The next report from the i3 conference at the Robert Gordon University in Aberdeen http://www.i3conference2011.org.uk/. This paper continued the theme of young people's information behaviour.
Marian Smith presented the paper co-authored by Mark Hepworth on Young people: A phenomenographic investigation into the ways they experience information. This was her doctoral research. She was identifying the qualitatively different ways in which they experienced information. She had some focus groups to familiarise herself with the young people's world. She conducted 18 long interviews, and short interviews from the other participants, and collected 41 drawings from 23 young people from year 7 and 18 from older students (the interviews started with the young people doing a drawing of "information").
There were six categories:
- "knowledge of sources of information" (information resides in the sources). It can be noted that there were a range of sources experienced (e.g. family members), and no awareness of information use.
- "receiving information" (information is experienced information as something that was received): this might be receiving knowingly (e.g. at school) or encountered.
- "process of finding information" (information is experienced as something that is found). This might not be a planned process, and it was mostly unsupported (i.e. they weren't being educated to develop a process, and in school they might usually "receive" information)
- "store of unprocessed information" (information was experienced as something that was internalised, stored and unprocessed: it wasn't necessarily understood, but it could be retrieved). This was associated with factual information, and regurgitation of information e.g. for school tasks.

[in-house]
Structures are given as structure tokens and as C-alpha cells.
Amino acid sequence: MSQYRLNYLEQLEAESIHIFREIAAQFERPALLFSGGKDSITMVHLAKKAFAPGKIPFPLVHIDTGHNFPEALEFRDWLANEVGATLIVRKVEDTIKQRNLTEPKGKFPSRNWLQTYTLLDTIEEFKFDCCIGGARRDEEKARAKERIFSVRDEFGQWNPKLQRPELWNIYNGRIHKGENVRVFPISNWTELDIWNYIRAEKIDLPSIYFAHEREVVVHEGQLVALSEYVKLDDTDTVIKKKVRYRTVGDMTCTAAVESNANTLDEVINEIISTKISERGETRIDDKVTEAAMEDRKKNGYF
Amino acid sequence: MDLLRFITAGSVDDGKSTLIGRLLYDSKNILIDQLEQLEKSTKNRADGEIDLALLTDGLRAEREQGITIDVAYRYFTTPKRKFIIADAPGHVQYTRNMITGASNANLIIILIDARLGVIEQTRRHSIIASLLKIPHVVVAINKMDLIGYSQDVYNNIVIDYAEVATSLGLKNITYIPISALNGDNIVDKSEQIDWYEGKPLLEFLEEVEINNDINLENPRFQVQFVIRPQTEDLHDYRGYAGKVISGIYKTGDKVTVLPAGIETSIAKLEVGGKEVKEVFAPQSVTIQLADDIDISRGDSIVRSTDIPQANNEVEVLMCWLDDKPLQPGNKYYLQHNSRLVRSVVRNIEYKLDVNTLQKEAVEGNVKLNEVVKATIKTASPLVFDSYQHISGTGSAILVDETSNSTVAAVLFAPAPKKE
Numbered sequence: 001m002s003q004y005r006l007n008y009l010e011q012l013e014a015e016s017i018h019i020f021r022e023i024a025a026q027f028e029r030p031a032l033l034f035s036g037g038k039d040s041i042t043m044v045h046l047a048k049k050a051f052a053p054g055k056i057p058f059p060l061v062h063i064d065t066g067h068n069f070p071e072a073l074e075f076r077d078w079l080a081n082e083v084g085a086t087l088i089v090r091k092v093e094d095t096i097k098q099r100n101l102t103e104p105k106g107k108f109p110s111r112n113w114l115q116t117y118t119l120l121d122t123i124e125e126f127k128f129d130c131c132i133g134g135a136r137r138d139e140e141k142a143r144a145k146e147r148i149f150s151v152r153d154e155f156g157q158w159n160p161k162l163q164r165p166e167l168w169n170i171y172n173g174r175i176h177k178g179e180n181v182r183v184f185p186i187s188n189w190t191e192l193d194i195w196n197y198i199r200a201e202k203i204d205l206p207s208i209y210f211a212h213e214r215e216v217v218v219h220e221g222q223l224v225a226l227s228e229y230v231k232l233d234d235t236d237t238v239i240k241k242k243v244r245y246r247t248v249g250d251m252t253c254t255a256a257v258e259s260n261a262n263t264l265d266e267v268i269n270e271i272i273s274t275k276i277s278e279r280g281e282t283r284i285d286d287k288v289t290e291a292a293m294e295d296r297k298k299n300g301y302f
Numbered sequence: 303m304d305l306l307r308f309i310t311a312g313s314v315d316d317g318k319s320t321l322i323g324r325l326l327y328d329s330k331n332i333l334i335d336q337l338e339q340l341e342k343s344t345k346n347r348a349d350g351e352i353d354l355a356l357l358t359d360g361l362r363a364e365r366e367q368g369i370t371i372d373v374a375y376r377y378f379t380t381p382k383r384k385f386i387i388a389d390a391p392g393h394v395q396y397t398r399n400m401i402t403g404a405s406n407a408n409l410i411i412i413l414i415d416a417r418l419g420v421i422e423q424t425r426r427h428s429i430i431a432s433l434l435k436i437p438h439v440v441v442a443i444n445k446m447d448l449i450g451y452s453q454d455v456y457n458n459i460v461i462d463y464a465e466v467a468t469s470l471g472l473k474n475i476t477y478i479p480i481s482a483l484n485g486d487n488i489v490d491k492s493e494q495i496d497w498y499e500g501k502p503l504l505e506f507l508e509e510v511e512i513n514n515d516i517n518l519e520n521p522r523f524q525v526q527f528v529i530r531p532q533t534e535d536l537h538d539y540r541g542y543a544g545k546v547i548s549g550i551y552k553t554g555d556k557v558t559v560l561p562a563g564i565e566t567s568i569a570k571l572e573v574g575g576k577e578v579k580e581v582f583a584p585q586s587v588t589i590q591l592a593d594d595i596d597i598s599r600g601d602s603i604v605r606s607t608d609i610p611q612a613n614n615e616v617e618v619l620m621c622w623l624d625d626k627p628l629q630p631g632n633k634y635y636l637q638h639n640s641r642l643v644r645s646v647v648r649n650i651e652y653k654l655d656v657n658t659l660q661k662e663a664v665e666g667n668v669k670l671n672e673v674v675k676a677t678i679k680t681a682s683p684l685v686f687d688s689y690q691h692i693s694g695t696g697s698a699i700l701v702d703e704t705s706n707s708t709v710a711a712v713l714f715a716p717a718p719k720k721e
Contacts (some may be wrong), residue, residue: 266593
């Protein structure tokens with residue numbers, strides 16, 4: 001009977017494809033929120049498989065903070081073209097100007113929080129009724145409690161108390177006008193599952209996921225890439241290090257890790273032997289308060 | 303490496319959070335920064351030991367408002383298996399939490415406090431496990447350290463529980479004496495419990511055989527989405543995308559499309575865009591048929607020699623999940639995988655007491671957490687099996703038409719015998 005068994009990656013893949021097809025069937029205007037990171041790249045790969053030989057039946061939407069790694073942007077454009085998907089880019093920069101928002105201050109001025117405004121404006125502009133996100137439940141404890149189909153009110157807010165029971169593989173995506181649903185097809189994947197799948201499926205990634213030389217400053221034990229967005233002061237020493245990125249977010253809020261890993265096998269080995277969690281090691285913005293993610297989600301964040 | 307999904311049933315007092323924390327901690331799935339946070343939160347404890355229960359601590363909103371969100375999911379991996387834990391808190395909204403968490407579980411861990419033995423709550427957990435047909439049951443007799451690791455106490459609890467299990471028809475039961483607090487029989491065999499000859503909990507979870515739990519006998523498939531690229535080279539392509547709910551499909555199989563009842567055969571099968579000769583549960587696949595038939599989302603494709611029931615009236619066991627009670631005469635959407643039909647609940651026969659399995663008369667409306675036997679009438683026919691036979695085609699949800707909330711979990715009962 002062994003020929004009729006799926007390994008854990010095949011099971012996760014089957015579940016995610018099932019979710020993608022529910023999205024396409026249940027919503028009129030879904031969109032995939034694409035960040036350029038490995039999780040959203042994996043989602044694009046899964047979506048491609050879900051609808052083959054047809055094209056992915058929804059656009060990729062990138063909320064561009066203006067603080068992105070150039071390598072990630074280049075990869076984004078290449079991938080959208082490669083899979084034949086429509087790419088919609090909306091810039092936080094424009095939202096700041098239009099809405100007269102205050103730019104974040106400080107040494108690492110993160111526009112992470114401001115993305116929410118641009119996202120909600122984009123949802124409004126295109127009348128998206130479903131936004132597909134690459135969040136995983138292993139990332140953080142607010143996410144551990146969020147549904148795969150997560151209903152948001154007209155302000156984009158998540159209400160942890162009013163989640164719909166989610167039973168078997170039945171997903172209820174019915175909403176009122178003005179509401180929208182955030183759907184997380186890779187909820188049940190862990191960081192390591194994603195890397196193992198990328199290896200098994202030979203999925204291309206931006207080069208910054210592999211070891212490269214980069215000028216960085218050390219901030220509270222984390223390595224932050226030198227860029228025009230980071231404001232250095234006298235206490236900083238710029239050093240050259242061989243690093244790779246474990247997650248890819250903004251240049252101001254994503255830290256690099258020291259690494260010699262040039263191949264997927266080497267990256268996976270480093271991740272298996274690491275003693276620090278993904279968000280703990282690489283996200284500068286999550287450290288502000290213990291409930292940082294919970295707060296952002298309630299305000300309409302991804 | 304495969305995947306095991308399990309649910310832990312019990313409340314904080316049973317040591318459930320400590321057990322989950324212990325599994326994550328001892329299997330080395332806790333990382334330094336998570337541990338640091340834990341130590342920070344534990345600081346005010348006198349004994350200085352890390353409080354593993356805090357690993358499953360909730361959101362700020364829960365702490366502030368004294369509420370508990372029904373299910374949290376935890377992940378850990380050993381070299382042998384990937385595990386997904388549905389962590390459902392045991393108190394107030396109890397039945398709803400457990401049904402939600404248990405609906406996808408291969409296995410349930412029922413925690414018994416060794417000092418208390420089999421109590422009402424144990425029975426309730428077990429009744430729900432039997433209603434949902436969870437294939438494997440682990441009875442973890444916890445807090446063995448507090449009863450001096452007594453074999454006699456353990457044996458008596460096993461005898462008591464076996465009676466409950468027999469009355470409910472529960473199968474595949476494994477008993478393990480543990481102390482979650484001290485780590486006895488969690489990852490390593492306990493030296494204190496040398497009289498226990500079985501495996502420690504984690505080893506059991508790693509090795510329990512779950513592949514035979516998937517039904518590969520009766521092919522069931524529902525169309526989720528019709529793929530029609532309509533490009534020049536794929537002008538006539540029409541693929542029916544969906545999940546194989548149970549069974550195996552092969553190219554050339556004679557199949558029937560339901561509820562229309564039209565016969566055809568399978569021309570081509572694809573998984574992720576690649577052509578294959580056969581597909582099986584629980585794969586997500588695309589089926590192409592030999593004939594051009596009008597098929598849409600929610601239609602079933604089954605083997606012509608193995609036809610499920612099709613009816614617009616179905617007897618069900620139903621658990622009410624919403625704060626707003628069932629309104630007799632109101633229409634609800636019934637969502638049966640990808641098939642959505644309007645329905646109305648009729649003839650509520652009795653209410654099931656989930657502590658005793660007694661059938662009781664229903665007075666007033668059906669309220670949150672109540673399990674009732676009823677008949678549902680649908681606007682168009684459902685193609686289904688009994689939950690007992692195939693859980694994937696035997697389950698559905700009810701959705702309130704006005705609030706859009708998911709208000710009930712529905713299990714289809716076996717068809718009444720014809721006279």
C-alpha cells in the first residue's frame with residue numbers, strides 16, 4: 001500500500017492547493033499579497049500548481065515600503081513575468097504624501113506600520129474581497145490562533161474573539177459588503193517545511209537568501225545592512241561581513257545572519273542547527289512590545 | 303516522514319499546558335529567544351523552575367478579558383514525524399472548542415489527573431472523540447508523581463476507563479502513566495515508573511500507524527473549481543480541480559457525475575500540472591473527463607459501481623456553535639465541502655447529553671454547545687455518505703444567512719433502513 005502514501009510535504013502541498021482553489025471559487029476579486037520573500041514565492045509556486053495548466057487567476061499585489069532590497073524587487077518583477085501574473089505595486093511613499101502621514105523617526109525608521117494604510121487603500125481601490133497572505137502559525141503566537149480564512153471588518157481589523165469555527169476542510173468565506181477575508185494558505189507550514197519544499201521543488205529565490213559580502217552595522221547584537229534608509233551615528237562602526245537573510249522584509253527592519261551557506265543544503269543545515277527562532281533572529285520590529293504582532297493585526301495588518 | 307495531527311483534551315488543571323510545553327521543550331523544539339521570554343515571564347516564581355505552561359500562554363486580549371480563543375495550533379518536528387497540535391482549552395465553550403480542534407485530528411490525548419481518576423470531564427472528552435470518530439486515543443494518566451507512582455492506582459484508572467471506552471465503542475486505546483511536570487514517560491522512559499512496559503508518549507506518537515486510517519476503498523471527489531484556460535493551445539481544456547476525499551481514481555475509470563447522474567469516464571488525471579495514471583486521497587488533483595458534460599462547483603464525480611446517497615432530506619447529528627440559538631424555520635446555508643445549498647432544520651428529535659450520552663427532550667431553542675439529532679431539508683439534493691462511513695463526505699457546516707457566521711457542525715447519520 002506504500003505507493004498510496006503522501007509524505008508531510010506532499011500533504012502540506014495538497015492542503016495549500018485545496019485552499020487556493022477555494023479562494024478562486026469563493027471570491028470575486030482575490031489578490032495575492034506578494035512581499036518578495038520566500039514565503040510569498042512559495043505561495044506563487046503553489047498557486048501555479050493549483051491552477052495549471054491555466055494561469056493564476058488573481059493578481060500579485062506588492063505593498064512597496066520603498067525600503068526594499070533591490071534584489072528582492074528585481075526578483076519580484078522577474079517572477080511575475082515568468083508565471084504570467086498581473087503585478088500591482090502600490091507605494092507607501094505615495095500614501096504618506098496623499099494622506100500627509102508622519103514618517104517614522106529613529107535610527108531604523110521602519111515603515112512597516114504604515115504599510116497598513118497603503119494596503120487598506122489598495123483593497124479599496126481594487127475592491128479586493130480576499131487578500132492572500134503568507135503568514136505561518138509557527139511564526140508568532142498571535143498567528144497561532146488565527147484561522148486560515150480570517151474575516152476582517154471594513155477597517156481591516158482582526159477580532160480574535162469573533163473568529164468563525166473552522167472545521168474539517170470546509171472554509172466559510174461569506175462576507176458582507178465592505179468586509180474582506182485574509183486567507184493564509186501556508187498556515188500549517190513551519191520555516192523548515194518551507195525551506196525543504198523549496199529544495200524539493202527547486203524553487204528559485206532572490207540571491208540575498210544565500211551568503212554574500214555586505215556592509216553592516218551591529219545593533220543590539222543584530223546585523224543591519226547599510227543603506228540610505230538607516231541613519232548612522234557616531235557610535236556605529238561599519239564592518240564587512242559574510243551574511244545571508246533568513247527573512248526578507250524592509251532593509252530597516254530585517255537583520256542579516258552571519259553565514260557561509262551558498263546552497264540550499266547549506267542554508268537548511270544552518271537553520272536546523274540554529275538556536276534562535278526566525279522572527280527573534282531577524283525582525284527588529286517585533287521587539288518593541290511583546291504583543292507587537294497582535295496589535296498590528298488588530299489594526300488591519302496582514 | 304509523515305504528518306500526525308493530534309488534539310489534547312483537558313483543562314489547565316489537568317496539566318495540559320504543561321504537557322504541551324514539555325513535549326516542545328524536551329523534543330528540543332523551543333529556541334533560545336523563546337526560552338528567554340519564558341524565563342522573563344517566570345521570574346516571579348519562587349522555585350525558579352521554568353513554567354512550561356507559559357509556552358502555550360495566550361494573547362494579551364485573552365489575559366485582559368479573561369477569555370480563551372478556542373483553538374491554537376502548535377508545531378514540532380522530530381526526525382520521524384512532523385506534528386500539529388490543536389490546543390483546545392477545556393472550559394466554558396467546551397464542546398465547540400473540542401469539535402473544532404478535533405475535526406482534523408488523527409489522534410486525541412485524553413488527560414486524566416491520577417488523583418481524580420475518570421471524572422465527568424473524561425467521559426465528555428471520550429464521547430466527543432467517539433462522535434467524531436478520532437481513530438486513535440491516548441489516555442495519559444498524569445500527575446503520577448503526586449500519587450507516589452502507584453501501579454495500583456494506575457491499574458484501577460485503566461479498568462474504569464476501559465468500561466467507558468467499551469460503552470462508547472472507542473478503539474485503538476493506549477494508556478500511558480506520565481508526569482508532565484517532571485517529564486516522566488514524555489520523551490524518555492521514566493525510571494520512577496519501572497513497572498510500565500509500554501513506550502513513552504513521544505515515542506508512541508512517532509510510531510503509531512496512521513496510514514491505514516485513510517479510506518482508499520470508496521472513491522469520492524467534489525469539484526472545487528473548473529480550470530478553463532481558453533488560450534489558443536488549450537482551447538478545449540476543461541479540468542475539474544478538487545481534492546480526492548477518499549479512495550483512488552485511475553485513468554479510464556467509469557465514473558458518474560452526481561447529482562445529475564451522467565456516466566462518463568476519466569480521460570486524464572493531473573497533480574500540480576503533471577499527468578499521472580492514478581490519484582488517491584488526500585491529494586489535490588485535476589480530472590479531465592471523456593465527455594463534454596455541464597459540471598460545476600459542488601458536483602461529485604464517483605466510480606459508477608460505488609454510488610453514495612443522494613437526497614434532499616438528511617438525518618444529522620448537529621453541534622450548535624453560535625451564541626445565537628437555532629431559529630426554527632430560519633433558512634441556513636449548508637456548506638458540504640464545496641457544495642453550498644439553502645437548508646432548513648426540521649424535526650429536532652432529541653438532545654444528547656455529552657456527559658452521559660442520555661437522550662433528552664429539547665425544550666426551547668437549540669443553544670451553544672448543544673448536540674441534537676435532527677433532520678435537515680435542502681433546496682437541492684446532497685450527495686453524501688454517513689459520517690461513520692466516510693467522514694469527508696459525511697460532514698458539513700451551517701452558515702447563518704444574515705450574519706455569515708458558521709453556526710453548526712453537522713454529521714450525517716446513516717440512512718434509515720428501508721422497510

- "processing information" (information was something processed): they said that they were interpreting, seeing information in a new way, and linking up with other information. Participants mentioned motivation e.g. projects they were interested in.
- "use of information" (information is experienced as something that is used); this included information shared or passed on.
Insights that Smith highlighted included that processing of information is not always considered important, and other implications for teaching information literacy.
Discussion afterwards included the extent of similarity and difference between different phenomenographic studies of information/ information literacy, the issue of whether information literacy education should pay more attention to these conceptions (unsurprisingly, I think they should) and (from the previous paper) people's news habits and the attachment and affective issues to do with print news.
Photo by Sheila Webber: wild rose, Garthdee campus, Aberdeen, June 2011.